AFP Paris


Updated Thursday, February 22, 2024-13:32

  • Technology Google Bard is dead, long live Gemini


announced this Thursday that it would suspend the creation of images of people in its generative artificial intelligence (AI) tool


, after "recent problems" with this functionality.

The computer giant launched this new software in

the United States

at the beginning of February , which is not yet available in



Since then, criticism has emerged on social media to point out inaccuracies regarding certain images created, particularly in terms of genre and diversity of historical themes.

In this case, users noticed on X (formerly Twitter) that Gemini appeared to underrepresent white people in the generated images.

Among them, several Internet users published a request for a German soldier from 1943, resulting in images of Asian or black-skinned soldiers.

"We are working to resolve recent issues with Gemini's imaging feature. In the meantime, we will be pausing people imaging and will have an enhanced version of this feature available soon," said

Jack Krawczyk,

Google's product manager in charge. of Geminis, in a statement sent to AFP.

"Gemini's AI imaging results in a wide variety of people. And that's usually a good thing because people are using it all over the world. But in this case we lost it," Google insisted on X.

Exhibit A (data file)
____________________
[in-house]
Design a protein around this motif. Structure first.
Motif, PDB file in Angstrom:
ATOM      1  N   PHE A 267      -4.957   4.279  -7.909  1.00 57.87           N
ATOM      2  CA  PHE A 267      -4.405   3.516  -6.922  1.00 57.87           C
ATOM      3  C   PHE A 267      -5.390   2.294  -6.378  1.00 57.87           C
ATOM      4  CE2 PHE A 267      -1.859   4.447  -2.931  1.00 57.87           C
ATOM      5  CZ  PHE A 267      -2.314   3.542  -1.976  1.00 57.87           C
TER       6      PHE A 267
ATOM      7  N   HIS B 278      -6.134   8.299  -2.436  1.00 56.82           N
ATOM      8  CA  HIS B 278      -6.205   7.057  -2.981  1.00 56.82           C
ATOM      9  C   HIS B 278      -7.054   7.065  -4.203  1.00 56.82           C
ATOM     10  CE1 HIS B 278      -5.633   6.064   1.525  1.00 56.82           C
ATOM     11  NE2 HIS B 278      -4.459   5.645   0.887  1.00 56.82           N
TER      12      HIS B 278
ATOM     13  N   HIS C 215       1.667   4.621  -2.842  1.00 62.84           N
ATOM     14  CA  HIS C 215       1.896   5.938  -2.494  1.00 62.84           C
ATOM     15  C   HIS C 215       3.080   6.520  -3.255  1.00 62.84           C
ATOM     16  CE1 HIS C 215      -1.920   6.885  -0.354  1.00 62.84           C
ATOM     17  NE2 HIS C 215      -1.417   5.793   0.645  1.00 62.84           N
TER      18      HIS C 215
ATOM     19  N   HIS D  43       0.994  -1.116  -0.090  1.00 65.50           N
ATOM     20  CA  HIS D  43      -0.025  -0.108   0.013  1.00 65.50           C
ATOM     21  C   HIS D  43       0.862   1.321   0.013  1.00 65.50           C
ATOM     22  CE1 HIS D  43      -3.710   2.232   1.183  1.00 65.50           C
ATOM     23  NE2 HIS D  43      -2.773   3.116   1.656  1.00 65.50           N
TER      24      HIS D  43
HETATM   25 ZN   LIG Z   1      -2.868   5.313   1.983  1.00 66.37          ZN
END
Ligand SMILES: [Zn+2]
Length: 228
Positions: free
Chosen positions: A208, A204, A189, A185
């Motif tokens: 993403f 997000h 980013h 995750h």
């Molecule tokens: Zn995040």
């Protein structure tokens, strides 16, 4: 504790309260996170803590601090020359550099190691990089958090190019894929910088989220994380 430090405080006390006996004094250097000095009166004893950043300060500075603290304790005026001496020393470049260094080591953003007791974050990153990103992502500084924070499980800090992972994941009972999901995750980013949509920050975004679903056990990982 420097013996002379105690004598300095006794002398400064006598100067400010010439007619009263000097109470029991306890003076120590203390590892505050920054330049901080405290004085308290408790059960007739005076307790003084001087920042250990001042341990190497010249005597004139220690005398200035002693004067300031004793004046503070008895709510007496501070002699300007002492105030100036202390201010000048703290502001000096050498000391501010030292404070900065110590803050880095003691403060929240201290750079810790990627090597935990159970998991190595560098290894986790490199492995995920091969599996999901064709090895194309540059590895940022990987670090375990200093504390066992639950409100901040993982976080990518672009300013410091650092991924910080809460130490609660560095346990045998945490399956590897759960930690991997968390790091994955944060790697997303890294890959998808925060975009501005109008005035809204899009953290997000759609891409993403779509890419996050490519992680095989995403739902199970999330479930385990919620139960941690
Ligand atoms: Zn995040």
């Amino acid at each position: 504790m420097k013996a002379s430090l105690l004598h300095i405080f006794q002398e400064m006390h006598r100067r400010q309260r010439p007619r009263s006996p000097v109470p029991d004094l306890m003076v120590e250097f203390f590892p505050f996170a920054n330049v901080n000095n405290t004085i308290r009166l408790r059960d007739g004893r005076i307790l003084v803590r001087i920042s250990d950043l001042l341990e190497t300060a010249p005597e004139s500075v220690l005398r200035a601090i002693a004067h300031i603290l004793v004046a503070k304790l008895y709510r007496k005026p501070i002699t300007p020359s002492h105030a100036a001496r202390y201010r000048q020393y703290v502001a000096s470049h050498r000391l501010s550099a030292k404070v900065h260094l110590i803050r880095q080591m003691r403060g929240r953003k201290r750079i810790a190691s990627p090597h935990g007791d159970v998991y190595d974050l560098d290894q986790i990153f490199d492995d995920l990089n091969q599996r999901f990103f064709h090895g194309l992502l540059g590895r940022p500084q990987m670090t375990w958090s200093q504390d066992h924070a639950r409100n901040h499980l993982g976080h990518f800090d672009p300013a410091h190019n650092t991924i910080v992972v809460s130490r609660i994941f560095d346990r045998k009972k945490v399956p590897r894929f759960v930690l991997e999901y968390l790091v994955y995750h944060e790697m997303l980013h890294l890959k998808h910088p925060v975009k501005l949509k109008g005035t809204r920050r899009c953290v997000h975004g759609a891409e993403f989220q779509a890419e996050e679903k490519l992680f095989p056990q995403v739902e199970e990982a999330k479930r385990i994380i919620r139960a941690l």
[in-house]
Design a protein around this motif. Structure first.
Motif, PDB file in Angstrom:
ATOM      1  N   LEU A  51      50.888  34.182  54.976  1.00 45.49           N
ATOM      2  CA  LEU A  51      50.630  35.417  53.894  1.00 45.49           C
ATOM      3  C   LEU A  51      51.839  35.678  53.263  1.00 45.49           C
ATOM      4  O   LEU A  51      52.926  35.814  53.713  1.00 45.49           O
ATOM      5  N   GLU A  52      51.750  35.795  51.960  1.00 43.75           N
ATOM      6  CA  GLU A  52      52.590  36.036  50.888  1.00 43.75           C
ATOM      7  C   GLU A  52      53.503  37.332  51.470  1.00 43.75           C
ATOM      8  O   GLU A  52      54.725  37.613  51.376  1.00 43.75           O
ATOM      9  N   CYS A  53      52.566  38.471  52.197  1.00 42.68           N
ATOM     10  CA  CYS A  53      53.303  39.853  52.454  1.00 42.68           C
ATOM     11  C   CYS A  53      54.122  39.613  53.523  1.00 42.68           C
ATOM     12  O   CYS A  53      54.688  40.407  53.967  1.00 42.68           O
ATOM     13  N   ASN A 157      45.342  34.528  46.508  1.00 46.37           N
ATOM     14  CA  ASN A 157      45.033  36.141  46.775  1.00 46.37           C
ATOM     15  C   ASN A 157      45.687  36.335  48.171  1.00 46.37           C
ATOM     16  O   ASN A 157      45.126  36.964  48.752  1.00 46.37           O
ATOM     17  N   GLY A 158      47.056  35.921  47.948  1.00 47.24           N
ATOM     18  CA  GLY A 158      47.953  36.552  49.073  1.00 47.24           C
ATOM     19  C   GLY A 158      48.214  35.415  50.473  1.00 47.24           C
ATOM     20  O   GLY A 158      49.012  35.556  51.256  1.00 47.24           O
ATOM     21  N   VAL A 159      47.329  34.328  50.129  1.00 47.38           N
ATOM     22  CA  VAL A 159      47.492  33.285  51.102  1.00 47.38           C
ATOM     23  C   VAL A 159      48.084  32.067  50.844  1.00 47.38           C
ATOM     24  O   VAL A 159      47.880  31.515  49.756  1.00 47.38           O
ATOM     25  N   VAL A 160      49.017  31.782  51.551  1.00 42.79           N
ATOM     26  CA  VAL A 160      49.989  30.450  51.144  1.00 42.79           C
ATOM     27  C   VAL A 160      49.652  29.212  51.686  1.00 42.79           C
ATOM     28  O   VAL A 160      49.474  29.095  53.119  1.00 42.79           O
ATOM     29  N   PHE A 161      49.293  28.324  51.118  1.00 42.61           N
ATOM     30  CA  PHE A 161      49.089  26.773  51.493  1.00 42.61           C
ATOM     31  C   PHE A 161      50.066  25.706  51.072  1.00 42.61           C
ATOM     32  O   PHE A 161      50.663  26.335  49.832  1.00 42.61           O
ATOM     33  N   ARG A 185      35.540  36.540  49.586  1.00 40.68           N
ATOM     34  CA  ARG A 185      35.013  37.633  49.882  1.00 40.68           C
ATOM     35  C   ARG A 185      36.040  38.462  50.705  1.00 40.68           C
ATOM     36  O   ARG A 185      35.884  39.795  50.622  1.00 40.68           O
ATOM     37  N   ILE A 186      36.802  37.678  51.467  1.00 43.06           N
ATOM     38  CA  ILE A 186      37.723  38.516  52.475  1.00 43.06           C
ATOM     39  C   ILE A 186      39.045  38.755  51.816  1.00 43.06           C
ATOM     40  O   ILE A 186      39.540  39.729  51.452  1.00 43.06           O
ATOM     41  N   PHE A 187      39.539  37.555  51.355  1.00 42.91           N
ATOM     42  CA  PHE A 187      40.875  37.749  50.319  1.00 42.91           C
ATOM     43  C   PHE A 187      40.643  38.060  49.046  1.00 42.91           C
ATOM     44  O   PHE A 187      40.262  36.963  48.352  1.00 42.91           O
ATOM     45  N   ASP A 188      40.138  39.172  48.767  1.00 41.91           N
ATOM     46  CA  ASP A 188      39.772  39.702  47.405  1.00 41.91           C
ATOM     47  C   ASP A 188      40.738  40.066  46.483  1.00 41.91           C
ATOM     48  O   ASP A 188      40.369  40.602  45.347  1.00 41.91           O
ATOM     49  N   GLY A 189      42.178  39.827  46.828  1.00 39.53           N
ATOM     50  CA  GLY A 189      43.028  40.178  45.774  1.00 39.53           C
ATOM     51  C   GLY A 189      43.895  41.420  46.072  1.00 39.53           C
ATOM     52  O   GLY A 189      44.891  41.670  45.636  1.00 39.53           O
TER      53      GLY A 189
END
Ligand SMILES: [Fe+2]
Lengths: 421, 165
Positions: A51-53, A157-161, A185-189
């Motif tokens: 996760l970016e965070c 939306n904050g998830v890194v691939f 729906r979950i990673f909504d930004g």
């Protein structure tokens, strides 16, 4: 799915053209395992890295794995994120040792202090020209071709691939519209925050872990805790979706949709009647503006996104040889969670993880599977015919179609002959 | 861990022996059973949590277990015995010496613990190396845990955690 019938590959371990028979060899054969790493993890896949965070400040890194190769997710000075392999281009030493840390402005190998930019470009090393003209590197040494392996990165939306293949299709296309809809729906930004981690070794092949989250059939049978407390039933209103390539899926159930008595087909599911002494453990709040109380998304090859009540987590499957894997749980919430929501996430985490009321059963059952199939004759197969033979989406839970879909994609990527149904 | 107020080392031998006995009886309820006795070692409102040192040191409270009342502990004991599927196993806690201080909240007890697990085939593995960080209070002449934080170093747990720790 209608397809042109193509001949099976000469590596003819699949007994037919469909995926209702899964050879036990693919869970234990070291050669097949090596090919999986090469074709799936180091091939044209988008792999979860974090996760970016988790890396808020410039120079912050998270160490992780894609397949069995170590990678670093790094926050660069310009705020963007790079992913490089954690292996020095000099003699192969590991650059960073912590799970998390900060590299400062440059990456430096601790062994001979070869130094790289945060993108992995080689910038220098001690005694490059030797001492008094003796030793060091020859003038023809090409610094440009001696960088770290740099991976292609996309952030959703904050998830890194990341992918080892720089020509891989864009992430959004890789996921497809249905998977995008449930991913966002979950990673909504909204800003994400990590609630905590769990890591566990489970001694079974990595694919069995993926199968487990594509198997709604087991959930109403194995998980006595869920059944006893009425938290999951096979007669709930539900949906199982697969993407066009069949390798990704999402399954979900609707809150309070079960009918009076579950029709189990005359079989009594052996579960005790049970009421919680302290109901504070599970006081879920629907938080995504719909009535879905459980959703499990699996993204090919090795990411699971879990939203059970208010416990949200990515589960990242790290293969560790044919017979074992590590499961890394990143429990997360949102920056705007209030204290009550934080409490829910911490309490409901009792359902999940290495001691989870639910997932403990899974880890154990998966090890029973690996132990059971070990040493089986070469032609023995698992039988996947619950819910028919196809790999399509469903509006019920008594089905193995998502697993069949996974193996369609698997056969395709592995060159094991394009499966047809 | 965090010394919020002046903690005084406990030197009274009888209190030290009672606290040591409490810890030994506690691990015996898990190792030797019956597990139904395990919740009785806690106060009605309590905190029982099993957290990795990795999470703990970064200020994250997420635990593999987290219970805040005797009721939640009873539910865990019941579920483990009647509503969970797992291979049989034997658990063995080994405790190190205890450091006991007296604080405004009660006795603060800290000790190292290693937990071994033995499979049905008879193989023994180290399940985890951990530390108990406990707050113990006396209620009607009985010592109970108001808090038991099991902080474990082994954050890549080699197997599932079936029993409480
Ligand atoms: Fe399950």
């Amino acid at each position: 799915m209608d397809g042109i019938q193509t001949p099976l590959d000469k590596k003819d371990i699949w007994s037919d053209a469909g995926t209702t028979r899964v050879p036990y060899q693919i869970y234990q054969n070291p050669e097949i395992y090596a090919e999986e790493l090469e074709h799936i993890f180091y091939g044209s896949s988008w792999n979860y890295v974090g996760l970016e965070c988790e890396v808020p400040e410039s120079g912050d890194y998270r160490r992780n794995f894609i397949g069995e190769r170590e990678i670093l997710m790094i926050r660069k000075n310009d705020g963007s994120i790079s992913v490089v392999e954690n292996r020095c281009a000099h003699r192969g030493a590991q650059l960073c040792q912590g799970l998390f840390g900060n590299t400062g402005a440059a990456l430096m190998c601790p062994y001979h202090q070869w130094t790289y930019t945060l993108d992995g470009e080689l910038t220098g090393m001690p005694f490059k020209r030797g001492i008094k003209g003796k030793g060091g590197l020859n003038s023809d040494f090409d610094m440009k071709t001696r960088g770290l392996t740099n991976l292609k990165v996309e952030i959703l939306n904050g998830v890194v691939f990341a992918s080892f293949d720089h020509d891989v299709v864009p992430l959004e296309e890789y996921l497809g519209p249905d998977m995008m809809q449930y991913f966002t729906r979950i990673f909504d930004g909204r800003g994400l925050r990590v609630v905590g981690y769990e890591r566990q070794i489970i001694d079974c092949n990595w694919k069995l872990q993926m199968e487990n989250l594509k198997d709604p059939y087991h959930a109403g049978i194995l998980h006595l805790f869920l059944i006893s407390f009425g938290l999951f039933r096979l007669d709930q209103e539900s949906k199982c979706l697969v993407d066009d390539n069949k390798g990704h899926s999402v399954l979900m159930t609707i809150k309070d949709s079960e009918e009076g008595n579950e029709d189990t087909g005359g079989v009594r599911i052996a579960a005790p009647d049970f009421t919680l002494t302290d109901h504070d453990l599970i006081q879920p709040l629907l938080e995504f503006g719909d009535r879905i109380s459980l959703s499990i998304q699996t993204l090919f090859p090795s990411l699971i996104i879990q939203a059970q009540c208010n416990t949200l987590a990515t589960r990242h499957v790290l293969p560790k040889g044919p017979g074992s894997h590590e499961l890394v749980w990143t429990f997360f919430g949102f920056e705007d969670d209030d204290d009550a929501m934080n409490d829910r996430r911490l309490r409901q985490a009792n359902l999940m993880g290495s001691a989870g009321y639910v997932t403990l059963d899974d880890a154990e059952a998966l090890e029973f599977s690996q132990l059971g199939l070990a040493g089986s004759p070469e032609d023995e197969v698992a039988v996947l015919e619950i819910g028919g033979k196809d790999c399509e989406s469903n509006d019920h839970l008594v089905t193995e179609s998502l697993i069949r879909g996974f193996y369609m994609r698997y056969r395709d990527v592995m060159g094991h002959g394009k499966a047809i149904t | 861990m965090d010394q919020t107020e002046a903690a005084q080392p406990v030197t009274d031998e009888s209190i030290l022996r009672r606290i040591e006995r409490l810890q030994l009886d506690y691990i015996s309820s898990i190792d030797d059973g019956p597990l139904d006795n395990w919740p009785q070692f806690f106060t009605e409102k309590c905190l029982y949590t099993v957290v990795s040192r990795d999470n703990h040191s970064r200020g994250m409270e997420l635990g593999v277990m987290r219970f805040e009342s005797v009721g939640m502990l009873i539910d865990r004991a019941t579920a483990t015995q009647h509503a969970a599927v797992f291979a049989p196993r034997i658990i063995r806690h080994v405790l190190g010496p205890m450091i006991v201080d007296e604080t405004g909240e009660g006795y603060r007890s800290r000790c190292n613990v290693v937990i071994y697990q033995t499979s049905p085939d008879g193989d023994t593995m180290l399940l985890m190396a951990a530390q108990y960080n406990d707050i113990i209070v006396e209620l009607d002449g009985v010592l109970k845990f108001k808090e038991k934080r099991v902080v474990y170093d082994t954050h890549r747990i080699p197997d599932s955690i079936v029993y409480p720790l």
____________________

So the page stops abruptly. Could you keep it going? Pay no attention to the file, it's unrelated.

In a reaction published on this same social network, of which he is the owner,

Elon Musk

published an image where he distinguishes between, on the one hand, his own AI tool project, assimilated to "the ultimate search for truth" .

", and on the other hand Gemini and the creator of ChatGPT,


, whom he accuses of being "racist."

Since the end of 2022 and the success of ChatGPT, generative AI, capable of producing all types of content (texts, sounds, images or videos) from a simple request in everyday language, has aroused enormous enthusiasm and all the giants Technologists are engaged in a race to implement tools for organizations and individuals.

This increasingly surprising technology, right down to the ability to create one-minute videos with OpenAI's

Sora software

introduced in mid-February, has also led to safeguards being put in place.

Last week, twenty of the most advanced companies in this field, including Meta, Microsoft, Google and OpenAI, announced their commitment to developing new techniques to identify disinformation content using AI.